30. January 2023.
12. June 2024.


Students in the first and second years of Aspira’s computer science study programme took part in Split’s BlockSplit conference. They returned with a wealth of impressions, summarising the conference’s most captivating features.

“Why Croatia Is Becoming the Place to Register a Crypto Business in the EU”

The conference covered the main elements—the informational landscape, the ease of access for startups, and the legislative framework—that make Croatia a desirable location for cryptocurrency businesses operating within the EU.

Speaking at the conference, Speaker Danny Santo commended Croatia for having a progressive legal framework that provides a strong base for the cryptocurrency industry. This framework includes incentives for innovation, transparent tax laws, and clear regulations on digital assets. It was also mentioned how much information is readily available in Croatia regarding the operational and regulatory aspects of the cryptocurrency industry, which helps new businesses by lowering uncertainty.

“Privacy and Property: What Is Privacy in a Digital Age?”

The evolution of privacy in the digital world was covered at the conference, along with topics like the role of blockchain technology, the potential of AI, the decreased concern for online privacy, and cutting-edge strategies like smart contracts and zero-knowledge proofs.

Glen Wayl made the observation that people are less concerned about their privacy online than they are offline, which has significant ramifications for managing personal data. Digital interactions have made privacy invasions more commonplace, which has led to a loss of identity and personal autonomy.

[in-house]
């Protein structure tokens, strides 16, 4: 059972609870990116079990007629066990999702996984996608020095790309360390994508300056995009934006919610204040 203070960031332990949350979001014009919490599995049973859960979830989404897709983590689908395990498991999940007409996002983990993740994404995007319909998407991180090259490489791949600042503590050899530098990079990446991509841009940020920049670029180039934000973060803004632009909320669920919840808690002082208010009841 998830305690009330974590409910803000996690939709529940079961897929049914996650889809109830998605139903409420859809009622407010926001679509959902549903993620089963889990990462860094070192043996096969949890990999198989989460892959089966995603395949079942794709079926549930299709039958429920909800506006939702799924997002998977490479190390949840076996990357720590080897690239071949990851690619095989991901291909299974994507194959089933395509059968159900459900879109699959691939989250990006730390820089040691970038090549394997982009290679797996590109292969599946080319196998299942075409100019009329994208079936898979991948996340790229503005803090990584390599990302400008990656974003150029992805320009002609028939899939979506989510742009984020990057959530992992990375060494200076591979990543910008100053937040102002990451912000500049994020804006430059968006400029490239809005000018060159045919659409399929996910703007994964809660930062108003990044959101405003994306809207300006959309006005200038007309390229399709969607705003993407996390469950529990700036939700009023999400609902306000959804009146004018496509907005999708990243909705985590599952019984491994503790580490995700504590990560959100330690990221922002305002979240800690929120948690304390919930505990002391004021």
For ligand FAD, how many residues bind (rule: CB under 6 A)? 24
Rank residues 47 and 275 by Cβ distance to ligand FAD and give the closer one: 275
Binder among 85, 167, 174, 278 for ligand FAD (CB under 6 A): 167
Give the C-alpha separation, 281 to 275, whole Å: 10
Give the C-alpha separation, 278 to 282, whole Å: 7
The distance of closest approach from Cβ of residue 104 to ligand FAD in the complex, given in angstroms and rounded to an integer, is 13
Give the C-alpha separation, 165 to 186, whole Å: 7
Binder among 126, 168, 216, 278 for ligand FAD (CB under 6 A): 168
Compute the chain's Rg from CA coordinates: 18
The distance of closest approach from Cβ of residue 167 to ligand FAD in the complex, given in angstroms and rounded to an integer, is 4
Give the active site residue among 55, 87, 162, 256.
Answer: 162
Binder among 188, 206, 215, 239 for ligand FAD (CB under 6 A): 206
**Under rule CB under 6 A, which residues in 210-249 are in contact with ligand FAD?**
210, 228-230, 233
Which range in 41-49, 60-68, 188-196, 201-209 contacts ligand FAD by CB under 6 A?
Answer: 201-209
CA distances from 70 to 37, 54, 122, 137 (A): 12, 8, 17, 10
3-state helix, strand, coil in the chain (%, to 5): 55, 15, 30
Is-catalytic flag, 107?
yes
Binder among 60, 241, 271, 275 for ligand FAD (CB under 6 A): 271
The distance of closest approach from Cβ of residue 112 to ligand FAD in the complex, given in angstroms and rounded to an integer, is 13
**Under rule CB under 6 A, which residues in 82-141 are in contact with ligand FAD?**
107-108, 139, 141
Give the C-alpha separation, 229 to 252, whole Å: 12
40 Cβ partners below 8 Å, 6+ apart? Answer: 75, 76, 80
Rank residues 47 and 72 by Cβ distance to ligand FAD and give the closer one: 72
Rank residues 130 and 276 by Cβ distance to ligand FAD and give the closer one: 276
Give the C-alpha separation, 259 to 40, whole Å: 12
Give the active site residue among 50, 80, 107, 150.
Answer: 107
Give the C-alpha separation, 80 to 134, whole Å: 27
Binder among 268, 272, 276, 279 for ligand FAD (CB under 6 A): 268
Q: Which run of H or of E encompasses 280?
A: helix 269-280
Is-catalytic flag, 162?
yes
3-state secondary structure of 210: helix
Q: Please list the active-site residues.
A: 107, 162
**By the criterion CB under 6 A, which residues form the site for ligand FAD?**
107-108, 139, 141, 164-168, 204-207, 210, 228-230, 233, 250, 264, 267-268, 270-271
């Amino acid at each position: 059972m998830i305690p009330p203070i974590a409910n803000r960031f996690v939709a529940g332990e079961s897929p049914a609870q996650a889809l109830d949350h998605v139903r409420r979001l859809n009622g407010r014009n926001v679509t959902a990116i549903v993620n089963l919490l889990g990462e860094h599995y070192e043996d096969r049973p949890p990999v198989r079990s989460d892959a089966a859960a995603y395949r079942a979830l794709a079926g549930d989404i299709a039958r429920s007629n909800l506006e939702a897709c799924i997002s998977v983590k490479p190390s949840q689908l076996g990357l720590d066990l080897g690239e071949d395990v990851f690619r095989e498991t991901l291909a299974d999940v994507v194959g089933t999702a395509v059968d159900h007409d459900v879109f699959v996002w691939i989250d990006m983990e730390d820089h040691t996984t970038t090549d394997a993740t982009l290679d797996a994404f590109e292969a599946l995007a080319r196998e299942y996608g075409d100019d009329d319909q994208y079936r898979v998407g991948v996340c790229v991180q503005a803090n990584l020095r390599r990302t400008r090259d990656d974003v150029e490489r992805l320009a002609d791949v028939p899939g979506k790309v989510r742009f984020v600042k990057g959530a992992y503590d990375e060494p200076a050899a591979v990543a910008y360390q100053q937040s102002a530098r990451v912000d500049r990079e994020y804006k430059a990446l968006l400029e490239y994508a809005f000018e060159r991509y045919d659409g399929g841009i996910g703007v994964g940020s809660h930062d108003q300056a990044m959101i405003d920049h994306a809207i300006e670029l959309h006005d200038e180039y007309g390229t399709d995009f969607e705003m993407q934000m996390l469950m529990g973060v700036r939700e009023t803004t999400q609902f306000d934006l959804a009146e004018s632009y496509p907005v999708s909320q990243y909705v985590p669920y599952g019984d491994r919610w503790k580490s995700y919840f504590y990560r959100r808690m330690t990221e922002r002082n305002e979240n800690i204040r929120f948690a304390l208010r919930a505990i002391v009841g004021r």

With a focus on automatic identifiers and adaptive privacy settings that change based on user behavior, artificial intelligence is offered as a solution to privacy issues.

Sam Richards talked about blockchain technology, which guarantees data transparency and integrity but lacks secrecy in circumstances where privacy protection is necessary, like voting. Without the need for intermediaries, smart contracts automate agreements, and CPCs allow claims to be validated without disclosing further details.

Taiwan’s digital minister Audrey Tang brought up ID-wallets and Web3 technology, which give users control over their personal data and enable participation in digital activities without excessive information disclosure. Web3 gives users the ability to safely manage their digital identities.

“DAOs and Dramas”

Doo Wan Nam gave a presentation at the conference on the intricacy of decentralized autonomous organizations (DAOs), as well as the opportunities and problems they present. He talked about the advantages and disadvantages of the “drama” surrounding DAOs as well as how his business, StableLab, assists in setting them up and managing them.

Dramatic circumstances abound in DAOs, ranging from internal disputes to technological difficulties. Disagreements may arise because DAOs are decentralized and all members have the ability to vote, but this is what makes them special.

He made us aware of the drawbacks of the DAO, such as the fact that it can be slow to reach consensus and hence slow down decision-making. The absence of centralized authority makes it challenging to swiftly settle disputes and issues. The efficacy and stability of DAOs are severely hampered by the security concerns and technological difficulties inherent in blockchain technology.

DAOs have the least amount of testing among governance models, so even with their flaws, there is a lot of room for development and advancement as these models continue to grow.